Well that’s it for 2015. Thanks to all the LOSTies that were able to get out and enjoy some fun swimming this summer… and to all the LOST supporters who followed along too! (special thanks to Mike, Richie and Stuart for getting such great shots of this amazing swim!… here are Stuart’s pics!)
Mike, Miguel, Dylan and myself, along with all our volunteer kayakers over the summer put in a lot of work every Saturday morning for no reason other than to have a little fun… and honestly, it wouldn’t be any fun or worth doing if we you weren’t there and if we didn’t have the support from all the LOSTies and friends of LOST Swimming. So my sincere thanks to you all!
Next official LOST Swim… Jan 1, 2016 at noon… for the Polar Bear Dip! (and good luck to all the LOSTies going to Barbados for one of the last races in the Global Swim Series this year!… more to come on that!)
See you then and thanks for a great season!
Well that was interesting!
Mike and I got down there early to set up (and Mauro was already there setting up… thanks guys!) and there was hardly a ripple on the water… but by the time we got in the water it was rockin’! Weird morning actually, because by the time we were packing up and most people had left the waves were dying down again?!
It actually made for an interesting swim. The kayaking was a bit more challenging though! I kinda felt bad for Mike and Dylan. We pumped up the 3 large buoys and they towed them out and put them in place. I gave my little speech. We all got in and started swimming. And then we noticed the buoys seemed to be in a bit bigger loop than when we started! They were blowing away! They still had weights on them, but they were still blowing away!
Well, always looking at the bright side of things… the water was toasty warm, 68F/19C … and there was no rain yet!
The long and short of it was it was still a fun swim, and with warm water it makes it fun to just surf around in the waves!
I ran into two other groups that seemed to be enjoying the wind and waves… a pair of beautiful swans that came over to check us out (not sure if those are the same two swans that were in the exact same place when they came out to greet me as I finished the last 50m of my Lake O Crossing 3 years ago, but I wouldn’t be surprised!)… and some kite boarders!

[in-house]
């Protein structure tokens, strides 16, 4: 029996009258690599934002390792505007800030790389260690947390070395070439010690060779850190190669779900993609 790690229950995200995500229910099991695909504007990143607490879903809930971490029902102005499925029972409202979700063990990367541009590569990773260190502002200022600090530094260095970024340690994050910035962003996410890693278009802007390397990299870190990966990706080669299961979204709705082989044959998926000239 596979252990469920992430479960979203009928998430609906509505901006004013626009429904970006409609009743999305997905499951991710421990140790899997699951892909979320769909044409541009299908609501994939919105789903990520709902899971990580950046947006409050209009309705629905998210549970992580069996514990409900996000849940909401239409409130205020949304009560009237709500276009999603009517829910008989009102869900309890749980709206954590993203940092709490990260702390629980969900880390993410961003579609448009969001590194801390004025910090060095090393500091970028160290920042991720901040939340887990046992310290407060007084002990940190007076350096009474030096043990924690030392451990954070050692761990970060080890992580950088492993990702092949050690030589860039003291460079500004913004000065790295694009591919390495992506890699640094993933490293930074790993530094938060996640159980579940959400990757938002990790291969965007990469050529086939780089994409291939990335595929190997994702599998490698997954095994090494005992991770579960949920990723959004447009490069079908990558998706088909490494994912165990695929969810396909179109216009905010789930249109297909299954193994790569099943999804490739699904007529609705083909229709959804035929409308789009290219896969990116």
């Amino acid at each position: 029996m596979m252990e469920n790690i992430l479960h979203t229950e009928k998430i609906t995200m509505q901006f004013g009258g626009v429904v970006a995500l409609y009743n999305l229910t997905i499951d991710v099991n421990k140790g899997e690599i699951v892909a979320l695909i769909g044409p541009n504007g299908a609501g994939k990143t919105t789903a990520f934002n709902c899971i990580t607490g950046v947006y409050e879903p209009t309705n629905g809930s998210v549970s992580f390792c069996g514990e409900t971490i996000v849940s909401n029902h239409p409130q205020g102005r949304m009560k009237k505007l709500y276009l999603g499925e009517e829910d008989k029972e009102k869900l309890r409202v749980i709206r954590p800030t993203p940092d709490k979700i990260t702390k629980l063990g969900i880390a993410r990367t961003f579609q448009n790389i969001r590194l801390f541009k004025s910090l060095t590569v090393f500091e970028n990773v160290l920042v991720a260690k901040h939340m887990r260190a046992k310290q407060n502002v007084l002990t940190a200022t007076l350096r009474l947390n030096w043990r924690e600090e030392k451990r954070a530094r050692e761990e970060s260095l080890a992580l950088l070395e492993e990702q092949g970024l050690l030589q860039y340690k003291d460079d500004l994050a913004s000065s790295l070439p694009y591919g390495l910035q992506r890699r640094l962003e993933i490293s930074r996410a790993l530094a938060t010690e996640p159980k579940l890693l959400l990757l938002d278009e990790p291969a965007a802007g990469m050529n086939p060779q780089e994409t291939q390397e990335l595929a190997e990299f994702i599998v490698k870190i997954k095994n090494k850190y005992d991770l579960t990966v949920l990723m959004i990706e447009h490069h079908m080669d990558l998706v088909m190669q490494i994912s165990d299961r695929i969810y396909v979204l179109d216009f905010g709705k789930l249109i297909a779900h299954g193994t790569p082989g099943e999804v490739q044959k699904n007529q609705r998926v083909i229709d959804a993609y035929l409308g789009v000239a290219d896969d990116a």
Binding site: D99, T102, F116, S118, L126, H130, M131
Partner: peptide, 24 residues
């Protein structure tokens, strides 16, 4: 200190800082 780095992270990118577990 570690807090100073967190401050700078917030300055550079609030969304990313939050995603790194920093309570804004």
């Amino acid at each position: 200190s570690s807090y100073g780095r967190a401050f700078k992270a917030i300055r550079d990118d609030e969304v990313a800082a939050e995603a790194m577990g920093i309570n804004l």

I went up and spoke to the kite boarders and they were getting 4 or 5 set up to kite board all the way in to Toronto! They said it would likely take them 2-3 hours to do it… I said the way the waves were rolling it felt like we could have raced them! (but I was a bit reluctant to put any money on that! haha) It looked really cool, I’ve always wanted to try it. I’m not sure who was more fascinated by what each other was doing… them or us! Just cool to see more people out enjoying the lake!
So far so good… we’ll see how the weather and water temp holds out, but if the season suddenly ends, as it often does, I’ll send out an email and let you all know… otherwise… see you next Saturday!
PS. for those analytically minded (like myself), I went back in my log book to see when we ended LOST Swimming in previous years, my log book goes back to 2003, but I only started LOST in 2006 and in the early years there was only a handful of us, so it just ended when we didn’t show up:
After what has been a pretty cold summer (at least water-wise!), with one week in the middle of the summer at 45F/7C (that we still swam in), and the LOST Race at 50F/10C (that we still had a good, but shortened race), we now are reaping the rewards… it warm. It was 73F/23C!!! The water was even warmer than the air. The air was only 62F/17C.
Funny thing was, I woke up like I do every Saturday morning in the summer at about 6:45 and rolled out of bed to get ready for LOST Swimming. But today I looked out the window and it look crappy out. I briefly considered going back to bed, because it was rainy and cold out. No one was going to show up for LOST Swimming. But I knew a couple of people still would, so I would too. Motivation in numbers. I got down to LOST Beach and no one was there yet. Then a couple people showed up to swim in the rain. Then, low and behold the rain stopped… and more people showed up. We ended up with 25 swimmers!